As you may have already seen, we’ve recently shared a video interview (and the full transcript if you prefer) with the one and only SUDA51, a hugely influential developer that recently brought us No More Heroes III on the Switch. We delve into the series, in terms of its history and future, and also ask the question plenty of fans have had for a while – how about Travis in Smash?
We also asked what Nintendo franchise, given the numerous choices, SUDA51 would like to work on. He shows some notable self awareness before identifying an IP that could actually be a rather good fit.
To be honest, I really want to say Zelda but I know that’s not okay. I know deep down inside me it’s not okay for me to make a Zelda game, ya know? That’s not alright.
There’s actually a game I’ve thought about before that if I could make any Nintendo IP in the way I wanted, it’s called Nazo no Murasame Jō (The Mysterious Murasame Castle). This was a game was from Human, the company I first started out at before Grasshopper. I’ve always kind of had a soft spot for this game and always felt like I’d love to go back and revisit it.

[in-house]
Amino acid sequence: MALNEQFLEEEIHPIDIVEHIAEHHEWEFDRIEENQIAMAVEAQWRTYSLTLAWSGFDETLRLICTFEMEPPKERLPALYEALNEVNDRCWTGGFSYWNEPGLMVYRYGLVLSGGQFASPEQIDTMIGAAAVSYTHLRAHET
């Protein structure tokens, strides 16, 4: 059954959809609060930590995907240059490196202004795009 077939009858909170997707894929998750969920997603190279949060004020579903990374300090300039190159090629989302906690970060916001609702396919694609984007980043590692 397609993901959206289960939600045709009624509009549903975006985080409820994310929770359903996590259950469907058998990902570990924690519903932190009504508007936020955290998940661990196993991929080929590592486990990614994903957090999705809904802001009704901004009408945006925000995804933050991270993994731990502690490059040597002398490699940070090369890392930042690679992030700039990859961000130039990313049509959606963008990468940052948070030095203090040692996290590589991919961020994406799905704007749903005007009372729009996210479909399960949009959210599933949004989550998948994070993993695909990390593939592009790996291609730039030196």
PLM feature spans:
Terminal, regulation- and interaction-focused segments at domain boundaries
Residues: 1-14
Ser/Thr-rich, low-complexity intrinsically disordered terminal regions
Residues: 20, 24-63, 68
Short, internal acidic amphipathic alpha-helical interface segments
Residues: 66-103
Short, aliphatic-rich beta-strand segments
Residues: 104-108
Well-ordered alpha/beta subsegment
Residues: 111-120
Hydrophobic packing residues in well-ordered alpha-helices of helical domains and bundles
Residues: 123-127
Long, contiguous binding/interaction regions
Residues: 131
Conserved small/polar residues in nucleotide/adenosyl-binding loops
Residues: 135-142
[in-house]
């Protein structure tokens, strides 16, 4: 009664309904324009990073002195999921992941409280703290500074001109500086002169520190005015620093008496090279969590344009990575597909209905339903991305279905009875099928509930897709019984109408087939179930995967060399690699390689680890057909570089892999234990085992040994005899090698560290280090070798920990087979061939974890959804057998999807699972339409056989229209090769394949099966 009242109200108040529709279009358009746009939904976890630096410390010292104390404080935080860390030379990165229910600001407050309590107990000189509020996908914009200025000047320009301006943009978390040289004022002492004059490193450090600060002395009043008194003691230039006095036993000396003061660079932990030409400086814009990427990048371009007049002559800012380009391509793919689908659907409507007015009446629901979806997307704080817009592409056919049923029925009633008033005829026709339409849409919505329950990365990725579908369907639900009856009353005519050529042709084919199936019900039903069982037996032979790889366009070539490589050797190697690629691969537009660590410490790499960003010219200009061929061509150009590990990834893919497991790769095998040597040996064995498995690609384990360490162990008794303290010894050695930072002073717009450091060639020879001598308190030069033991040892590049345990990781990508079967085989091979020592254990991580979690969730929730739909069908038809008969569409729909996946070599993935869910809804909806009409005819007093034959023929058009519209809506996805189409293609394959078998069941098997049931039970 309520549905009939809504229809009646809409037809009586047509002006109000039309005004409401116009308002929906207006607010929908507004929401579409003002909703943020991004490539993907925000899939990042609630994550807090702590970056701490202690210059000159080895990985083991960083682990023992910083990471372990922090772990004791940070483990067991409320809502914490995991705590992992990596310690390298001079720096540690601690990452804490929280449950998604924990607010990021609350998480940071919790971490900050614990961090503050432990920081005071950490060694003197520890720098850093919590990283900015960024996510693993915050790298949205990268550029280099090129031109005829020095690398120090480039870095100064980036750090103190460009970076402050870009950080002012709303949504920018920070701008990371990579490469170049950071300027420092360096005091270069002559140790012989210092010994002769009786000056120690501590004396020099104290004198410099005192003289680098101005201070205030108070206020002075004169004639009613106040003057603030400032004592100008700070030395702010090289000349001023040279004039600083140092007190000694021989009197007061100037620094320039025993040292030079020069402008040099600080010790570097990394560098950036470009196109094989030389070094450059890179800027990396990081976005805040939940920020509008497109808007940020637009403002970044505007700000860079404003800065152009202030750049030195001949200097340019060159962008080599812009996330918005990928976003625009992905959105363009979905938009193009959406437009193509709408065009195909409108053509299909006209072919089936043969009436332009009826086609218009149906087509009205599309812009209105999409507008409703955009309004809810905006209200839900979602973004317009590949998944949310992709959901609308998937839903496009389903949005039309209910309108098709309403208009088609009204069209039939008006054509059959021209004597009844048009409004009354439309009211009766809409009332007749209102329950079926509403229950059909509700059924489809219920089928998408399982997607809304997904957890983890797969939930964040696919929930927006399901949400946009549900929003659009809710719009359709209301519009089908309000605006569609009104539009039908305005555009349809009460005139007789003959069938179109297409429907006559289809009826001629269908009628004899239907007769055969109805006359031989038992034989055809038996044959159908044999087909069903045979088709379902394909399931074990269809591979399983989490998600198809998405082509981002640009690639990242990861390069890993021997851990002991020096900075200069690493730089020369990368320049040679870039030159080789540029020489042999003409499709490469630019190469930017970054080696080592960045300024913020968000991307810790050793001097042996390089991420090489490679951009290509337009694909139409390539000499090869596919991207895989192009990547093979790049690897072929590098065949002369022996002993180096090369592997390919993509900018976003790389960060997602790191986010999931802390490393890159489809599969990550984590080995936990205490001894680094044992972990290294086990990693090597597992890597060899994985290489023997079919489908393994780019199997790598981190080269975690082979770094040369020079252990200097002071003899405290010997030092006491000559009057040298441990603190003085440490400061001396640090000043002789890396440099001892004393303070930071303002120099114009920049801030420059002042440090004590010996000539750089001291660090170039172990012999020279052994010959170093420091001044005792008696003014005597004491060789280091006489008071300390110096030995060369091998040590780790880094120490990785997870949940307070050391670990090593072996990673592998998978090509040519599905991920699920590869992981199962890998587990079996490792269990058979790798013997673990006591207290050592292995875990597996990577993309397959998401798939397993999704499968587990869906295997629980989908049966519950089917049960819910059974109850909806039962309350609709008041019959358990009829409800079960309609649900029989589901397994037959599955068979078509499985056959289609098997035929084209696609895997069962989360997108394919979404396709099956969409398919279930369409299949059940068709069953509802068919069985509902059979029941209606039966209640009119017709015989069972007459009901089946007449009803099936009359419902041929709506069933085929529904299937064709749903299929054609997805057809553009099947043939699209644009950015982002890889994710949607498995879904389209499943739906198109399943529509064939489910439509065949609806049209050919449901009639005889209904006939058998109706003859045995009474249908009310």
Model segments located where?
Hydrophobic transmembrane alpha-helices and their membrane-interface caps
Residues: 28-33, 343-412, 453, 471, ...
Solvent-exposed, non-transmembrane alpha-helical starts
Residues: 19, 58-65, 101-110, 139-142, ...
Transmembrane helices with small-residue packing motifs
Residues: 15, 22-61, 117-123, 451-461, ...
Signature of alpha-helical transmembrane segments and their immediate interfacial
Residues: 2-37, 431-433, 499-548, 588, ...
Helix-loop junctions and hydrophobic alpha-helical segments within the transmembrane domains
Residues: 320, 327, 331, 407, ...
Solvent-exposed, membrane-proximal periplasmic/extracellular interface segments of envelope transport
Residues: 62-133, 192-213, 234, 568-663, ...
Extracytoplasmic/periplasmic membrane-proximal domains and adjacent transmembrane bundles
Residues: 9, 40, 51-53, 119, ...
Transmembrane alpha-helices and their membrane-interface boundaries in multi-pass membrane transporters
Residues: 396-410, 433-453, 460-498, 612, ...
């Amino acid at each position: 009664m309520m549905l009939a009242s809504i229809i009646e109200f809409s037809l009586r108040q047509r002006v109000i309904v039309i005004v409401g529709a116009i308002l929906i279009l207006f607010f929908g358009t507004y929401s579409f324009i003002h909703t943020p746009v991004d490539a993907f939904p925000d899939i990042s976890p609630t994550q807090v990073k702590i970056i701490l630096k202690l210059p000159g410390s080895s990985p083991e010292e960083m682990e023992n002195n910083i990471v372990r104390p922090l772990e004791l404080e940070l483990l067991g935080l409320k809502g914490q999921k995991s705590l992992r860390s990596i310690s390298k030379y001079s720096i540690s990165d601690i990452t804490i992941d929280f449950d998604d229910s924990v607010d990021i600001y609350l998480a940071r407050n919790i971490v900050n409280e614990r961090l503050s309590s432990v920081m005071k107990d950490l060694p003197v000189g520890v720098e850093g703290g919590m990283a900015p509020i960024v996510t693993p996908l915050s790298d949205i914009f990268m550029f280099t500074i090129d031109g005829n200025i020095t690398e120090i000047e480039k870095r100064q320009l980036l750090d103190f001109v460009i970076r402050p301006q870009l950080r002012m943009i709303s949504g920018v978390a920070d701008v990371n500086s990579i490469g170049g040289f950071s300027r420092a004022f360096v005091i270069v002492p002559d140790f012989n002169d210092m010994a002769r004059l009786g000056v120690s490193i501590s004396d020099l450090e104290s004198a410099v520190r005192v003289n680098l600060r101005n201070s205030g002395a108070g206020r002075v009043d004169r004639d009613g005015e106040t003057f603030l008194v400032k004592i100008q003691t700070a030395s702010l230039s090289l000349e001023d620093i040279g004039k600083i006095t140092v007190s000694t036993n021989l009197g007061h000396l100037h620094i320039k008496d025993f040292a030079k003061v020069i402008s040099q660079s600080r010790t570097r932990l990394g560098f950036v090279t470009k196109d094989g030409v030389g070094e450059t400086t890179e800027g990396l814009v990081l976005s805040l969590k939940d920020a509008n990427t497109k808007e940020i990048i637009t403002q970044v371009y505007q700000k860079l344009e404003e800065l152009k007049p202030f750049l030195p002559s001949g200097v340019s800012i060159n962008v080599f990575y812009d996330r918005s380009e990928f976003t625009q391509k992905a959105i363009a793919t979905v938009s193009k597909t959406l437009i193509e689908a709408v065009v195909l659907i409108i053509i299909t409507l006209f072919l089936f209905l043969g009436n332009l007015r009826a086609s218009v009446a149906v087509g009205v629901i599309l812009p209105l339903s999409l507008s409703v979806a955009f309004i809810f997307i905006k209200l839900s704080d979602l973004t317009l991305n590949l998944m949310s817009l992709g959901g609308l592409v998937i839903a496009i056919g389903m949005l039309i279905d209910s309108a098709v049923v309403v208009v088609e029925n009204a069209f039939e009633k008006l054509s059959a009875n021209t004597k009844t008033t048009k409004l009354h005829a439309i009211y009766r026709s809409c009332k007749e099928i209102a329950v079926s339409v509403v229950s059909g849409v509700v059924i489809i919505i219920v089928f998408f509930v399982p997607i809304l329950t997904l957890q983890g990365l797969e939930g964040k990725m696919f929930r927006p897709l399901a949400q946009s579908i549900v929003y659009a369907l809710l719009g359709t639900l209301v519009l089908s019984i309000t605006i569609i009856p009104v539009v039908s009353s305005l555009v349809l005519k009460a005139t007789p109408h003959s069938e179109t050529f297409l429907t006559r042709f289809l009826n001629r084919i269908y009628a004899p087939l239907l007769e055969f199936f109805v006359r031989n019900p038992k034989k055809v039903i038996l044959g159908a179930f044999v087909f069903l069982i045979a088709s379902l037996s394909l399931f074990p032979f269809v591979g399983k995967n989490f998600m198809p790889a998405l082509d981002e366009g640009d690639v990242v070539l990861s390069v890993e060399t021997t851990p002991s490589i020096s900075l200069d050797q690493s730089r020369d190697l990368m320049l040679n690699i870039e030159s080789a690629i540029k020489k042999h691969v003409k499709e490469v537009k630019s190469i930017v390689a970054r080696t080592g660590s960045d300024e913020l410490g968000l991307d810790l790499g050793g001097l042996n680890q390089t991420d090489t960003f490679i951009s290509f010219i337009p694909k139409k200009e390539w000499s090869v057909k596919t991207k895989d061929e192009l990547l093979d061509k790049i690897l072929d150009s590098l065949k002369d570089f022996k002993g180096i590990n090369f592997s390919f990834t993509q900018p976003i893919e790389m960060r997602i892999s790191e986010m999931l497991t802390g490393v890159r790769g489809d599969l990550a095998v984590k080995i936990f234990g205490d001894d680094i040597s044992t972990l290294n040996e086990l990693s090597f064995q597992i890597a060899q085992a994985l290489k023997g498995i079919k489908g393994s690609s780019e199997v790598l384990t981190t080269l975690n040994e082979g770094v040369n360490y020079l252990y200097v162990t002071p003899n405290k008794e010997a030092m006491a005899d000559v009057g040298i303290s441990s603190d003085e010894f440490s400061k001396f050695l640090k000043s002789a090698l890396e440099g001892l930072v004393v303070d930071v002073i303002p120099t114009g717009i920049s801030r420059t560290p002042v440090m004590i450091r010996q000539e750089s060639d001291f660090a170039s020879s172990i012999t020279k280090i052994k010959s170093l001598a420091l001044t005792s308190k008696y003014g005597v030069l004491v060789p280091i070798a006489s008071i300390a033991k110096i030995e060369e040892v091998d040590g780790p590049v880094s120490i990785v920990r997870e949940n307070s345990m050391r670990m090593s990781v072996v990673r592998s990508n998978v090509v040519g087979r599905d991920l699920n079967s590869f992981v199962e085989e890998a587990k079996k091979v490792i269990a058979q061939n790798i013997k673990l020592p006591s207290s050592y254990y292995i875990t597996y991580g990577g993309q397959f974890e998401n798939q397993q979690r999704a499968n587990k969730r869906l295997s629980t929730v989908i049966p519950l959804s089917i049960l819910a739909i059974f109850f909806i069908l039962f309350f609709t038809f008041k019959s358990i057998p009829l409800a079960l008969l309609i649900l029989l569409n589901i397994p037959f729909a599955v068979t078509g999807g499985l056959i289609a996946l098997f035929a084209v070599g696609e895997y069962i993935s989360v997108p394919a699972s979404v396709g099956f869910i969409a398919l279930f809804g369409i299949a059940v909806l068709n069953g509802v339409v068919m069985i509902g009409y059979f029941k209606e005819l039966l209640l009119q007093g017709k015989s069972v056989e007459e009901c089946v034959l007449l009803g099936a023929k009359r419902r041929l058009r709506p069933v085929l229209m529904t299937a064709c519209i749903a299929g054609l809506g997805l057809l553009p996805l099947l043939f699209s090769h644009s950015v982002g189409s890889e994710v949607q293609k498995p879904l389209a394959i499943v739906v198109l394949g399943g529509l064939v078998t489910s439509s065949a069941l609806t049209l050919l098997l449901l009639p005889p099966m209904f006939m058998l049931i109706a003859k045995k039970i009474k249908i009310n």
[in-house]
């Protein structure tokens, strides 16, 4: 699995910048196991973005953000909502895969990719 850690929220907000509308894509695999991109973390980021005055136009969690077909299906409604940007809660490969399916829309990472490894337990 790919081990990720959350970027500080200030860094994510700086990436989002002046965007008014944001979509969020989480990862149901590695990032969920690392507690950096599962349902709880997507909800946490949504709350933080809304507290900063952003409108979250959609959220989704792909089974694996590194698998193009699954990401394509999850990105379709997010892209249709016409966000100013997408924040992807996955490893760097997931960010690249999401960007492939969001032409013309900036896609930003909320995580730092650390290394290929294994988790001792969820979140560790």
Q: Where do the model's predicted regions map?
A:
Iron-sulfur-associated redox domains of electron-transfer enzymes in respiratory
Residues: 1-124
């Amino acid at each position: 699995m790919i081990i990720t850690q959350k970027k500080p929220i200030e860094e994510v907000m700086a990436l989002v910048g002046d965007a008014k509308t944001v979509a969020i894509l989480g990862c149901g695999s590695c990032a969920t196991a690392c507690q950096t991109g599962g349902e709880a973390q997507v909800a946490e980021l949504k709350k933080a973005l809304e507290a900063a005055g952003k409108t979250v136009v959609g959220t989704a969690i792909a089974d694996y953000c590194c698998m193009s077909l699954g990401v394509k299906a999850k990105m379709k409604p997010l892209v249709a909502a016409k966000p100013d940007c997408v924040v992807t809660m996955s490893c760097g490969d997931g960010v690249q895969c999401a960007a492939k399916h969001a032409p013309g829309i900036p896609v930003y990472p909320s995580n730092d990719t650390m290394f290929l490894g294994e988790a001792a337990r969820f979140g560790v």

If you missed it in the past, Nazo no Murasame Jō attracted some renewed interest when it inspired a minigame in Wii U launch title Nintendo Land, with Nintendo eventually bringing the Famicom Disk System title to the 3DS eShop for all territories.
A game that utilised the same engine as The Legend of Zelda, we enjoyed it when we reviewed its Virtual Console release, and this summary of the story helps explain why it could be a good fit for SUDA51.
The Mysterious Murasame Castle, a literal translation of its original Japanese title Nazo no Murasame Jou, puts you in the shoes of Takamaru, a samurai apprentice who has to defeat both an alien creature that has taken over the titular castle, and the daimyos of the neighbouring castles that were corrupted by said alien’s power.
When you combine close combat with ranged moves and unlockable abilities, it’s easy to see why it could be intriguing if revived and reimagined with modern technology.
The odds may be rather long for this ever happening, but it’s a fun thought. What Nintendo IP would you like to see SUDA51 work on?